Pink Dreams: Why the Fashion World Drowns in the Bubble Gum Color

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Pink Dreams: Why the Fashion World Drowns in the Bubble Gum Color

Co-founder of One Group and fashion expert Viktoria Kozlova explains why fashion designers continue to fill the catwalk with all shades of pink.

When I attended the show of the current spring-summer Moschino collection, my eyes literally covered with a pink veil. Jeremy Scott found a place for an array of crazy pink outfits, along with the references to floral and rock-n-roll themes. Frankly, this part was the most vivid and inspiring for me — immediately I felt a desire to forget about the burden of business and responsibility, put on a pink knitted dress with a unicorn print and gleefully stride in the world of fashion.oneI caught myself thinking exactly the same on the Dsquared2 show. Dean and Dan Caten did not stint on pink shades and created cheerful T-shirts, hoodies, espadrilles, two-piece suits, lace skirts and the main hit of the season — leather jackets and strawberry ice cream colored skirts.
Girl in a pink dressI think we should be thankful to the designers — after all, in the crazy rhythm of modern life we often try to be strong and independent so much that we forget how nice it is sometimes to just relax, take a breather and chill on an imaginary pink cloud.twoIn general, the pink boom is a cyclical phenomenon. However, the last time all shades of pink blossomed on the catwalk was as much as 20 years ago. Pink was synonymous with the 2000’s luxury to a fault and its main ambassadors were Paris Hilton and Britney Spears. Jeremy Scott is the same man we should thank for the resurrection of pink — he made a fashionable dedication to Barbie and her favorite color in his second collection for Moschino way back in 2015. The reaction was immediate: Moschino supports the ‘see now - buy now’ concept, so the day after the show the streets of Milan were filled with fashionable women in leather jackets of the crimson macaron color. threeBy the way, the rise of pink is not just a fashion tendency. Some anthropologists claim that the craving for pink has formed in women since the ancient times: while men were engaged in hunting and fishing, women in tribes were responsible for picking berries and flowers. Therefore, it is not surprising that we are still greedy for pink and red — and it's not something to be embarrassed about. If someone accuses you of infantilism, you can always answer: “It was made by history”.fourThe pink color in clothes is not always a synonym for naivety. I, for one, like it when it is involved in the game on contrasts. For instance, in this season Oscar de la Renta presented a two-piece fuchsia suit. The suit’s cut is a typical power dressing that shifts to masculinity.Pink lookThe pink color in this context is a marker: no matter how serious and no-nonsense the look, there is still a trait of femininity. Rough denim was also presented in the same shades this season. While Stella McCartney offers to pair oversized jeans jackets that look straight from the closet of Canadian lumberjacks with flying pink dresses and skirts, MSGM doesn’t waste their time and releases a pink jeans suit.fiveFor those who want to indulge in infantilism, this season’s collection by Philipp Plein has not just pink T-shirts, but tops with a Disney deer Bambi print and real princess shoes — it’s hard to come up with something cuter.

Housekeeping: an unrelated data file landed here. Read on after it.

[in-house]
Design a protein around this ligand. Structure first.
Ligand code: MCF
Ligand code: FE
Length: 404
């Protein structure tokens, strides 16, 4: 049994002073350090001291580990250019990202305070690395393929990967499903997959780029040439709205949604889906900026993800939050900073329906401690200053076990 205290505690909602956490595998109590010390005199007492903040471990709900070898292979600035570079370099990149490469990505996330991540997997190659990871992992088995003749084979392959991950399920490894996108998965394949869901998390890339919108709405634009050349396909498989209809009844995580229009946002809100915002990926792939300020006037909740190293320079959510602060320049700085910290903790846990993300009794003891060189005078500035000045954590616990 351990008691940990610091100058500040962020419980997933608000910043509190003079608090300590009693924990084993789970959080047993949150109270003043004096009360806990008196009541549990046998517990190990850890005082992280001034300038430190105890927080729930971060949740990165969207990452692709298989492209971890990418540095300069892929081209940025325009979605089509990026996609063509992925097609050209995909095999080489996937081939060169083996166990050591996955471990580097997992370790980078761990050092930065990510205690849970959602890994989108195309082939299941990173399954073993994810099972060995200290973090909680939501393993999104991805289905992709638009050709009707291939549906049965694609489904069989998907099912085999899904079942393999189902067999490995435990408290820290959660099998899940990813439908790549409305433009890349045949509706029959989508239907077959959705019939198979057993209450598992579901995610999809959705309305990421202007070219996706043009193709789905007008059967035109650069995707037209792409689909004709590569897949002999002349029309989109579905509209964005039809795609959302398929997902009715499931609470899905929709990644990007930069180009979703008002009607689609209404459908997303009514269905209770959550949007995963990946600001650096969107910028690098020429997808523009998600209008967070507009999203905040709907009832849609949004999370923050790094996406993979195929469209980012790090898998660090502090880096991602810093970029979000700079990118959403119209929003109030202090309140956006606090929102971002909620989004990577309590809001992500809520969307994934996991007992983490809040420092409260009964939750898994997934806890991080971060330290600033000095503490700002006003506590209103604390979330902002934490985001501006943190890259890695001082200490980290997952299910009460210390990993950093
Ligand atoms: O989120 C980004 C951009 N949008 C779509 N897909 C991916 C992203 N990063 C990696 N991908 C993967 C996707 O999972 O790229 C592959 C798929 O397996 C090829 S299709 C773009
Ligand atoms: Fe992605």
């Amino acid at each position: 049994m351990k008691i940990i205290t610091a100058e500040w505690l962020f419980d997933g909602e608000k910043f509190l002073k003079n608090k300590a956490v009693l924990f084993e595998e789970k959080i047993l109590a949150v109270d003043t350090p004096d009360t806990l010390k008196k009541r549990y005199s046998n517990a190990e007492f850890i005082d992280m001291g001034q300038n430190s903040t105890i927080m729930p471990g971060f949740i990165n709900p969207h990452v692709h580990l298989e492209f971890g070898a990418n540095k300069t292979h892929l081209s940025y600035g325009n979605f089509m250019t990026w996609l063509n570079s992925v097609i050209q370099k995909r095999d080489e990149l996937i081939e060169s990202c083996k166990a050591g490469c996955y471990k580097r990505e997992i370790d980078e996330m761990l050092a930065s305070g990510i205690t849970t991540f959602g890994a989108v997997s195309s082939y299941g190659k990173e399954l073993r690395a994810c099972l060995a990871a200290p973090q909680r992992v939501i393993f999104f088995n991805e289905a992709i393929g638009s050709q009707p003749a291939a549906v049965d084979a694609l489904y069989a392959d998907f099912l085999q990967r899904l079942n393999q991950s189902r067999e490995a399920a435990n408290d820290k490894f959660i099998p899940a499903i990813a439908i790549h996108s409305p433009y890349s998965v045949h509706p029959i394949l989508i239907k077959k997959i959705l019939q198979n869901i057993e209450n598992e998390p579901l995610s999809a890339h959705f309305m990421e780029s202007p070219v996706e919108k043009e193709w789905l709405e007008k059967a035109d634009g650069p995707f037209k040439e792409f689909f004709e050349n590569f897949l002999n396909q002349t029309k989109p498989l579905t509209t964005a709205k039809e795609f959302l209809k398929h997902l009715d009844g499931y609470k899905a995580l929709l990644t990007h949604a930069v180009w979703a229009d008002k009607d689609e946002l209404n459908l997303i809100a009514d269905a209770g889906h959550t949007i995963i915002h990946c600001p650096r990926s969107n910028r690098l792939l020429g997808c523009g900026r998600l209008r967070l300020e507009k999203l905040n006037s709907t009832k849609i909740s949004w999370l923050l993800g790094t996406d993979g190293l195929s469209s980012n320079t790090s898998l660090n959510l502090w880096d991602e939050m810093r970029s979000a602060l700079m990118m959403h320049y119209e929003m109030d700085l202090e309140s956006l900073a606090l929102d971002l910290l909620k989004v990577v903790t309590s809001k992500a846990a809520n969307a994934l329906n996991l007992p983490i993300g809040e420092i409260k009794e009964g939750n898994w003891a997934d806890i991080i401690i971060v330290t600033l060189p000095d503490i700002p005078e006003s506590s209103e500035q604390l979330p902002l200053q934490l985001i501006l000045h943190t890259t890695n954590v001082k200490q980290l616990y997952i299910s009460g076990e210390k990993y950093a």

No matter what you choose, be it a strict jacket or a tulle princess skirt, you will definitely ride the wave. The main thing is to relax and go with the flow straight to the pink shores.Model dressed in pink Photos provided by Viktoria Kozlova, the co-owner of One Group.

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